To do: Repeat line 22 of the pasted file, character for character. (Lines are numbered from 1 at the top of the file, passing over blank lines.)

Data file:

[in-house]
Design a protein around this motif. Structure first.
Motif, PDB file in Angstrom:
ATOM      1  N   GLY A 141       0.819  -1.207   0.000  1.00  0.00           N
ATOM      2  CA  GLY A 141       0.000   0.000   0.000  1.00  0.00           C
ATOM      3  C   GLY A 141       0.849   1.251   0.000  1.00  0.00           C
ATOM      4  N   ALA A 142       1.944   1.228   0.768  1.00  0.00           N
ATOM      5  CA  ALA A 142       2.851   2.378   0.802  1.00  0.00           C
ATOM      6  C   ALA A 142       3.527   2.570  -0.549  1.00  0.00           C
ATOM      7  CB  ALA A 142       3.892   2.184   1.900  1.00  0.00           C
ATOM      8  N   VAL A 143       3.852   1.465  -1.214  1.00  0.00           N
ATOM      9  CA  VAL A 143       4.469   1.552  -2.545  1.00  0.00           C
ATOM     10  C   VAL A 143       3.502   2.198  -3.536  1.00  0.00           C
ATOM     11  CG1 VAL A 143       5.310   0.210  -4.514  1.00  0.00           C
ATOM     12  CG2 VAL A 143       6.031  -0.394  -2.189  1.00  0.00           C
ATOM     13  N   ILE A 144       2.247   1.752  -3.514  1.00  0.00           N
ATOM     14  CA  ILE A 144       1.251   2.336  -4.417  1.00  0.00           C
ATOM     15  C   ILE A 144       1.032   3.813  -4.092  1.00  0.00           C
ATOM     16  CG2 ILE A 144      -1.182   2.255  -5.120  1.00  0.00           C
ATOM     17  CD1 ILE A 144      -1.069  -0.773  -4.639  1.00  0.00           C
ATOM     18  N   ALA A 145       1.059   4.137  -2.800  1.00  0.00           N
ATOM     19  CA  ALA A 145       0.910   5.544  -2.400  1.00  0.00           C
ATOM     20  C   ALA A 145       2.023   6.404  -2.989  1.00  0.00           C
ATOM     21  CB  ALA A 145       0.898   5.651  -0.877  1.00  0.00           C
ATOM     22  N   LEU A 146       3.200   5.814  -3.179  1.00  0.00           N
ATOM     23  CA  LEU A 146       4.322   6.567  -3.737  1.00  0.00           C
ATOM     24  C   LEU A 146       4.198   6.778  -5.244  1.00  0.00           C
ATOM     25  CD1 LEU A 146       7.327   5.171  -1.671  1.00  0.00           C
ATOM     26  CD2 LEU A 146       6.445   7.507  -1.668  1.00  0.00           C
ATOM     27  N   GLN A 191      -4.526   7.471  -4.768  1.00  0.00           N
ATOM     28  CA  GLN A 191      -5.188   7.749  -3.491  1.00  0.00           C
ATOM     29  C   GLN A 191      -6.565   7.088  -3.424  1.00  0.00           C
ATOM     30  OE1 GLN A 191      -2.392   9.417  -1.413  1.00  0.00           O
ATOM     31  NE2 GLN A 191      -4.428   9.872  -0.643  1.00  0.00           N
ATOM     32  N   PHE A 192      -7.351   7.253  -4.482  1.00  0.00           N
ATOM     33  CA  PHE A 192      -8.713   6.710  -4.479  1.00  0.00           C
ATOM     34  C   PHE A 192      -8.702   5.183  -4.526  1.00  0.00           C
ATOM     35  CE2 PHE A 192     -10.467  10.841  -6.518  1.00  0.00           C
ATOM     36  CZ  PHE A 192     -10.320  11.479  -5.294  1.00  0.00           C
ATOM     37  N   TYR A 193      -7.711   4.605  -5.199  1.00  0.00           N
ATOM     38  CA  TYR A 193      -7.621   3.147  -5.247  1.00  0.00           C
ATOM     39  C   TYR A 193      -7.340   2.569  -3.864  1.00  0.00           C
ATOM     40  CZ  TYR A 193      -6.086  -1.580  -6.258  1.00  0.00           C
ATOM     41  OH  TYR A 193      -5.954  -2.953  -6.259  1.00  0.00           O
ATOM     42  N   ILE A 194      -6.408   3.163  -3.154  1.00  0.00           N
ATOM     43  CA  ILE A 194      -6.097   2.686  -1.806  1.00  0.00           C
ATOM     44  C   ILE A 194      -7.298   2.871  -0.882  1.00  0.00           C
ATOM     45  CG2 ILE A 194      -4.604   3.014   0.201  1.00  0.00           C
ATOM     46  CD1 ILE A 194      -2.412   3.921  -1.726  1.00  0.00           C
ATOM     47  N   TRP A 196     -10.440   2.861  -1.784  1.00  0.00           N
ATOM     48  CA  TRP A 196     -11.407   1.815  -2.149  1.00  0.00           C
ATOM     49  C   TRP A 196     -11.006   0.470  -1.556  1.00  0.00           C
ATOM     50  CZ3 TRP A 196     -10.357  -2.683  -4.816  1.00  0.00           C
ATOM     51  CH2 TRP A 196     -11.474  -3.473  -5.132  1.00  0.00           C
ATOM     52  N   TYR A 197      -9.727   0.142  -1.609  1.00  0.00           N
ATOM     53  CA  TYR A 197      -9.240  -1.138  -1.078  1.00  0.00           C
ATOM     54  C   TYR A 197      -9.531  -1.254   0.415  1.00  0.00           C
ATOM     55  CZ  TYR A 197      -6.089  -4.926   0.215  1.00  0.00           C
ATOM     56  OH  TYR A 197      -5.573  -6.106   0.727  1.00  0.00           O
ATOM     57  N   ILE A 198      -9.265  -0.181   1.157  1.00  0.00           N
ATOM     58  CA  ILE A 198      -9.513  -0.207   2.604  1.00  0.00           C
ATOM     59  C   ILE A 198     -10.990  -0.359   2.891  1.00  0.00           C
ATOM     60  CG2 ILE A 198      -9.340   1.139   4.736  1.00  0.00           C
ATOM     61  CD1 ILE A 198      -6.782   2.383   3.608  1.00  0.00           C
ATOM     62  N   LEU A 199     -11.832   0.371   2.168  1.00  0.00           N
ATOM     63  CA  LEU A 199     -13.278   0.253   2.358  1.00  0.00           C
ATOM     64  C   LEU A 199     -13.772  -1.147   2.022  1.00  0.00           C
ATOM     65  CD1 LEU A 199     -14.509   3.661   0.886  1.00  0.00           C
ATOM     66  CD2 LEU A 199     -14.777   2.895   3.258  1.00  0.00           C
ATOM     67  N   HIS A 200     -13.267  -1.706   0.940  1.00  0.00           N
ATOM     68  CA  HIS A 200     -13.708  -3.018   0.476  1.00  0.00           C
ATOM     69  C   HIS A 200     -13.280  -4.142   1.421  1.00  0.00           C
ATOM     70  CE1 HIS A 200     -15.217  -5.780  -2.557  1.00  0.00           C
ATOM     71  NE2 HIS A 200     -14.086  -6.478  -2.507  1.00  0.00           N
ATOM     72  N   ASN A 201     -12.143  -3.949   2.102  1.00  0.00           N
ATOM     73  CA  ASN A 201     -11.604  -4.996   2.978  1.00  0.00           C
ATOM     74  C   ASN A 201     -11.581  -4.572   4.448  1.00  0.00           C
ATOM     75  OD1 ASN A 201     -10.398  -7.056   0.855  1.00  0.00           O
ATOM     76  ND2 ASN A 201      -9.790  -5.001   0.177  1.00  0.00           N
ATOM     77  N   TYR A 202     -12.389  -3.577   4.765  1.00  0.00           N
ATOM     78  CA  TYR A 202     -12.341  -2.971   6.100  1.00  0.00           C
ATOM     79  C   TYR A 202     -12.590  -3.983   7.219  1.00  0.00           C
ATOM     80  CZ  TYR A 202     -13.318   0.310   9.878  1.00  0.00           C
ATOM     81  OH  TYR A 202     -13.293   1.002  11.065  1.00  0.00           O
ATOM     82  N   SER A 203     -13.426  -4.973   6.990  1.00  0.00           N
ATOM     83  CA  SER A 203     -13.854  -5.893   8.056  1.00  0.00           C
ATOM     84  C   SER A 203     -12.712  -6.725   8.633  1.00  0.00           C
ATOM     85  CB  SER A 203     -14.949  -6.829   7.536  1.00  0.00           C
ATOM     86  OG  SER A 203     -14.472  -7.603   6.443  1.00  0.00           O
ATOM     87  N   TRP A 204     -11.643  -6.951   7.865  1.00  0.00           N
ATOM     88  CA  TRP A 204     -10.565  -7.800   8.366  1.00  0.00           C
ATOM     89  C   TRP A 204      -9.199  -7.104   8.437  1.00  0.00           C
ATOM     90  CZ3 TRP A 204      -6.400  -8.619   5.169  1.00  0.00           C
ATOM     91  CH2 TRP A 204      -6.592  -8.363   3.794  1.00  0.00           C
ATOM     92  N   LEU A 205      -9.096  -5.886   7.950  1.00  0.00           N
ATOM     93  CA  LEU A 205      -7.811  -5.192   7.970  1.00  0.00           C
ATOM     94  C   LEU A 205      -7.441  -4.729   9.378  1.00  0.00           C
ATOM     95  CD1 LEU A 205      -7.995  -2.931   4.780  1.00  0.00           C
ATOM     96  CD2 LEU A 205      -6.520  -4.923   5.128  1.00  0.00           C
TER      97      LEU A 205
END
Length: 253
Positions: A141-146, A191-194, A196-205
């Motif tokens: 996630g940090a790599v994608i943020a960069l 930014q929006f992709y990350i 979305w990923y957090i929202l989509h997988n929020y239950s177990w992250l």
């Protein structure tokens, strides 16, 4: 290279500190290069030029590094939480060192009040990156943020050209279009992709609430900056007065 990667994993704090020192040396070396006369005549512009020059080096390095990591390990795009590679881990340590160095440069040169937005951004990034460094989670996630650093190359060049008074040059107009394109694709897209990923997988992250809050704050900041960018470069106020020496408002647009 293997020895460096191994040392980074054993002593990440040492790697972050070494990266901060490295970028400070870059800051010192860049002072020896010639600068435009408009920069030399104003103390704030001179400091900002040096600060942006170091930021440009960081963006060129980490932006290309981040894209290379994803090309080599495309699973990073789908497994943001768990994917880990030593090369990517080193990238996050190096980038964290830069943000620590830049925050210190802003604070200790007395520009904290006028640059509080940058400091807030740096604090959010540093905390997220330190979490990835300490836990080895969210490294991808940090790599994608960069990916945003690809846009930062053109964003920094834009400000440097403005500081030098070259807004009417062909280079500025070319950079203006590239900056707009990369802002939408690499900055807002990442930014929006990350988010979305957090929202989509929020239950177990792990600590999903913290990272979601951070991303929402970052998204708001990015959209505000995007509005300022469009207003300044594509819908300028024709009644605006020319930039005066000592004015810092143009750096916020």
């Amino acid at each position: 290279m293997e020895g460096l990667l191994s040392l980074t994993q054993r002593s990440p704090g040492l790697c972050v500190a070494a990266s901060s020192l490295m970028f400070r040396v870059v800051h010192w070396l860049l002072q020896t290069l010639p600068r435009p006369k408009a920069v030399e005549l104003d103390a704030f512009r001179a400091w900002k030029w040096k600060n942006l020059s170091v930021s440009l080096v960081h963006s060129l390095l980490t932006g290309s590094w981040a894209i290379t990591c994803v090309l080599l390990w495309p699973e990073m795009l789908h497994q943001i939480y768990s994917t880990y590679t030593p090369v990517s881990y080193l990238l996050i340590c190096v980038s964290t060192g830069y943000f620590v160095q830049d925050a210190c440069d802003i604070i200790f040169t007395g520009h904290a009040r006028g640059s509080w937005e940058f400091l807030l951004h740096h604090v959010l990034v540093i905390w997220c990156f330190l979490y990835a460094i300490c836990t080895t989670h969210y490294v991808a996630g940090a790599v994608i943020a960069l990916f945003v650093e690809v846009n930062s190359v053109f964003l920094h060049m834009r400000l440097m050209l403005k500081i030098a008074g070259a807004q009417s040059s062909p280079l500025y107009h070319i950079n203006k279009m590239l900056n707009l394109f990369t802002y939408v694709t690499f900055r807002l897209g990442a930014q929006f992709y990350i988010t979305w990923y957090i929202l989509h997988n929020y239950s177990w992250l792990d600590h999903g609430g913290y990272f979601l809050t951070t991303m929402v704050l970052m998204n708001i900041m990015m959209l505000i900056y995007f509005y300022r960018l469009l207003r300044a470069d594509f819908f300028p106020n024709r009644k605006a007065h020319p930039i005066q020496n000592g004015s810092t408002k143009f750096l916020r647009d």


ATOM     19  CA  ALA A 145       0.910   5.544  -2.400  1.00  0.00           C